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Medical Rules for Drivers

By: Sally Aquire - Updated: 22 Apr 2016 | comments*Discuss
 
Medical Rules For Drivers

As a car driver, you are required to meet certain medical standards in order to legally drive a car in the UK. As well as the initial eyesight test that forms part of the driving test, you are also obliged to inform the Driver and Vehicle Licensing Association (DVLA) of any medical conditions that may impact on your ability to drive safely. Here are some of the conditions that have medical rules attached to them.

Epilepsy

If you are epileptic, it's possible that you might suffer a fit whilst at the wheel. If this happens to you, you will need to give up driving for one year, at which point you will have a medical review to determine whether you are fit to start driving again. As long as you don't have any more seizures, you can keep renewing your license until the age of seventy. The DVLA epilepsy regulations state that epileptic drivers be granted a three-year license, as long as they meet the regulations and have been seizure free for at least seven years. The DVLA needs to be informed of this medical condition.

Narcolepsy

There is a relatively high chance that narcolepsy sufferers will fall asleep whilst driving. If you are diagnosed with the condition, you should stop driving straight away. If you symptoms are considered to be manageable, you will be allowed to continue driving with a license of between one and three years (pending regular medical reviews). The DVLA needs to be informed of this medical condition.

Chronic Neurological Conditions

This category includes Parkinson's Disease, Multiple Sclerosis, Motor Neurone Disease (and other muscle and movement conditions that are likely to have an effect on judgement and co-ordination). You can still be granted a license, as long as a medical review confirms that your symptoms won't impact on your driving ability. If you need specific controls to be restricted, this needs to be listed on your license.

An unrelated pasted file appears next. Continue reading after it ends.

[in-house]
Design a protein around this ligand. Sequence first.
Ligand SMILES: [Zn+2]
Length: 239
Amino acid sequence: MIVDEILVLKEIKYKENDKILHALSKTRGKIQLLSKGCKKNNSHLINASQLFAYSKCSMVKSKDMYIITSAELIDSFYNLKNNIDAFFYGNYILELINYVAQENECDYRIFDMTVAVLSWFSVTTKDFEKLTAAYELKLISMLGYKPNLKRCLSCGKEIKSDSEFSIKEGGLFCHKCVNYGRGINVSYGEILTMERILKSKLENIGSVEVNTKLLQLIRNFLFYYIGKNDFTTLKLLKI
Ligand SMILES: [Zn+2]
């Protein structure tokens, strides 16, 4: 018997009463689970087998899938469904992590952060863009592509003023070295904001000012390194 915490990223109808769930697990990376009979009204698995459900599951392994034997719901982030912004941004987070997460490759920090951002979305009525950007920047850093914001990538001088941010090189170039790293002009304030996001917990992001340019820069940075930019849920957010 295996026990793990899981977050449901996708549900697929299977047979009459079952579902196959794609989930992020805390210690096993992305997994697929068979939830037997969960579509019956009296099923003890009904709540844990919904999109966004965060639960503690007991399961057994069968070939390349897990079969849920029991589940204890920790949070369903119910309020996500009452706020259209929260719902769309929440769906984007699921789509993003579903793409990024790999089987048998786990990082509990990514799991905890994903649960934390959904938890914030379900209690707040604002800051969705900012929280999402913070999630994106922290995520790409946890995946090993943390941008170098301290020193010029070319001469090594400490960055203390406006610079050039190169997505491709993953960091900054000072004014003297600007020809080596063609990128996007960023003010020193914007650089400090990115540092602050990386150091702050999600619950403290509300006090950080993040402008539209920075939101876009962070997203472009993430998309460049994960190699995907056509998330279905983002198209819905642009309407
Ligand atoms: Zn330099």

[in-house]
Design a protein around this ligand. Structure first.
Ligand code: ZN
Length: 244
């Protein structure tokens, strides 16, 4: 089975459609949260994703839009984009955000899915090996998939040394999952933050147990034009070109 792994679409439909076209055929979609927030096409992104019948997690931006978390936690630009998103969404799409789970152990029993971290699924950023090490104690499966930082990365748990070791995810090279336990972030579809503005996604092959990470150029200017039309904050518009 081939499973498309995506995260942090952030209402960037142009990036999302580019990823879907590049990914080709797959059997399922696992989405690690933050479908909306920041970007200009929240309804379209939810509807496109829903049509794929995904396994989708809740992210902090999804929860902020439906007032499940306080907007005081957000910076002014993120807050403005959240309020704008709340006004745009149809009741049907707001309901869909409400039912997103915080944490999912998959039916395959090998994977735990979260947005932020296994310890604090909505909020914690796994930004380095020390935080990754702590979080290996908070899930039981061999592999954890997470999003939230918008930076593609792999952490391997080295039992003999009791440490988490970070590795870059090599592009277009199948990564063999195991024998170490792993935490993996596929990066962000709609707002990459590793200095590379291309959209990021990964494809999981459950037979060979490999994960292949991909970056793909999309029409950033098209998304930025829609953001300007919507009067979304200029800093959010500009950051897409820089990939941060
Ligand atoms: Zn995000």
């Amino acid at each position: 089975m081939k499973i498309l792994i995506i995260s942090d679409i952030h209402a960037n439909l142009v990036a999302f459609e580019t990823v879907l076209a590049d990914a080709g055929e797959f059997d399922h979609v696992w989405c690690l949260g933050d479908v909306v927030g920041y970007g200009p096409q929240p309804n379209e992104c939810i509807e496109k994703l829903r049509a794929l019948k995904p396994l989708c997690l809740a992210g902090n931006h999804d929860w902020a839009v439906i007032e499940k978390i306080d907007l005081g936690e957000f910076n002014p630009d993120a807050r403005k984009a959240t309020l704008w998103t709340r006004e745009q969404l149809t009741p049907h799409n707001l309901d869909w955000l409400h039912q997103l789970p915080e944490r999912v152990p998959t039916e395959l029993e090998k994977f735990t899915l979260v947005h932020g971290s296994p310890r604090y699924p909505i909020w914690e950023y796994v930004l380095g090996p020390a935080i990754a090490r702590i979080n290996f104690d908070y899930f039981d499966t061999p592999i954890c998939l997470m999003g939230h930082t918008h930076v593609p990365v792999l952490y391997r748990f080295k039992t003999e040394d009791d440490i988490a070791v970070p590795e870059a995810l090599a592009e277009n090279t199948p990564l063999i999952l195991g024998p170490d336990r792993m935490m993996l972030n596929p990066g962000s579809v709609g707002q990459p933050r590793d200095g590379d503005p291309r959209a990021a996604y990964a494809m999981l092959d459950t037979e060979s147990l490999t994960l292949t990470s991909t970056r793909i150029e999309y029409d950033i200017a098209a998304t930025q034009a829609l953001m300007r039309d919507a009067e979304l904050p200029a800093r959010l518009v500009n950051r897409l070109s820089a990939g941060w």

Angina

Angina sufferers are allowed to drive, but you should refrain from doing so when your symptoms present themselves. The DVLA don't need to be notified of this medical condition.

Diabetes Mellitus

Sufferers need to be able to spot the warning signs before hypoglycaemia (low blood sugar) becomes problematic. As long as you meet the required visual standards that all drivers are expected to pass (for example, the number plate test), you are allowed to have a license lasting from one to three years. The DVLA needs to be informed of this medical condition.

Vision

As long as you can meet the necessary visual standards for safe driving, you shouldn't have a problem. However, if you only have vision is one eye (monocular vision), you need to inform the DVLA of this. If they deem that you have sufficiently adapted to this, they may still allow you to drive, as long as the vision in your other eye is good enough to meet the eyesight standards for driving.